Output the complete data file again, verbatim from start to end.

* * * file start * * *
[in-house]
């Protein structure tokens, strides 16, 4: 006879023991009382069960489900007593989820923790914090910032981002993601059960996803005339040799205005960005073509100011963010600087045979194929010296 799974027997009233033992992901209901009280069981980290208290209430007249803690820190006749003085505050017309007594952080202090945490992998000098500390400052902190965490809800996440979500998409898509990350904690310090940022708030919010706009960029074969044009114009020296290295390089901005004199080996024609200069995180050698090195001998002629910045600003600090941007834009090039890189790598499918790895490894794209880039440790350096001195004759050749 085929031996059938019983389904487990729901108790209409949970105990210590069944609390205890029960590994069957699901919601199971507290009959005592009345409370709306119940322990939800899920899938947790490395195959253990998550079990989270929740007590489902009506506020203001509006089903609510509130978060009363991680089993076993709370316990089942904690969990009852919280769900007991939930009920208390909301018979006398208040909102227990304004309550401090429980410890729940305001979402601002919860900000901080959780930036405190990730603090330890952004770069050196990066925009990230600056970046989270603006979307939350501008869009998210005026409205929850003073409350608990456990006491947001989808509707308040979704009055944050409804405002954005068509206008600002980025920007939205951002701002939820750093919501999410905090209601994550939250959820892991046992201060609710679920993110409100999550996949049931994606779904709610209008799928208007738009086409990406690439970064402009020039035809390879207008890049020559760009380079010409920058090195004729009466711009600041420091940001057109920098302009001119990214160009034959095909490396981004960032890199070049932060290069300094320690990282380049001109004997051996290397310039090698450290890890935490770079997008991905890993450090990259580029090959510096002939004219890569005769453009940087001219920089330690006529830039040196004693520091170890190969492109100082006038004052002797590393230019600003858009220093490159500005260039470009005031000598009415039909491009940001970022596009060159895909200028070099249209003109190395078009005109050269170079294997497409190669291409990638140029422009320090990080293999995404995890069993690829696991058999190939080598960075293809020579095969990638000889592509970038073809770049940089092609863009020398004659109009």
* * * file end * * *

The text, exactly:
[in-house]
């Protein structure tokens, strides 16, 4: 006879023991009382069960489900007593989820923790914090910032981002993601059960996803005339040799205005960005073509100011963010600087045979194929010296 799974027997009233033992992901209901009280069981980290208290209430007249803690820190006749003085505050017309007594952080202090945490992998000098500390400052902190965490809800996440979500998409898509990350904690310090940022708030919010706009960029074969044009114009020296290295390089901005004199080996024609200069995180050698090195001998002629910045600003600090941007834009090039890189790598499918790895490894794209880039440790350096001195004759050749 085929031996059938019983389904487990729901108790209409949970105990210590069944609390205890029960590994069957699901919601199971507290009959005592009345409370709306119940322990939800899920899938947790490395195959253990998550079990989270929740007590489902009506506020203001509006089903609510509130978060009363991680089993076993709370316990089942904690969990009852919280769900007991939930009920208390909301018979006398208040909102227990304004309550401090429980410890729940305001979402601002919860900000901080959780930036405190990730603090330890952004770069050196990066925009990230600056970046989270603006979307939350501008869009998210005026409205929850003073409350608990456990006491947001989808509707308040979704009055944050409804405002954005068509206008600002980025920007939205951002701002939820750093919501999410905090209601994550939250959820892991046992201060609710679920993110409100999550996949049931994606779904709610209008799928208007738009086409990406690439970064402009020039035809390879207008890049020559760009380079010409920058090195004729009466711009600041420091940001057109920098302009001119990214160009034959095909490396981004960032890199070049932060290069300094320690990282380049001109004997051996290397310039090698450290890890935490770079997008991905890993450090990259580029090959510096002939004219890569005769453009940087001219920089330690006529830039040196004693520091170890190969492109100082006038004052002797590393230019600003858009220093490159500005260039470009005031000598009415039909491009940001970022596009060159895909200028070099249209003109190395078009005109050269170079294997497409190669291409990638140029422009320090990080293999995404995890069993690829696991058999190939080598960075293809020579095969990638000889592509970038073809770049940089092609863009020398004659109009």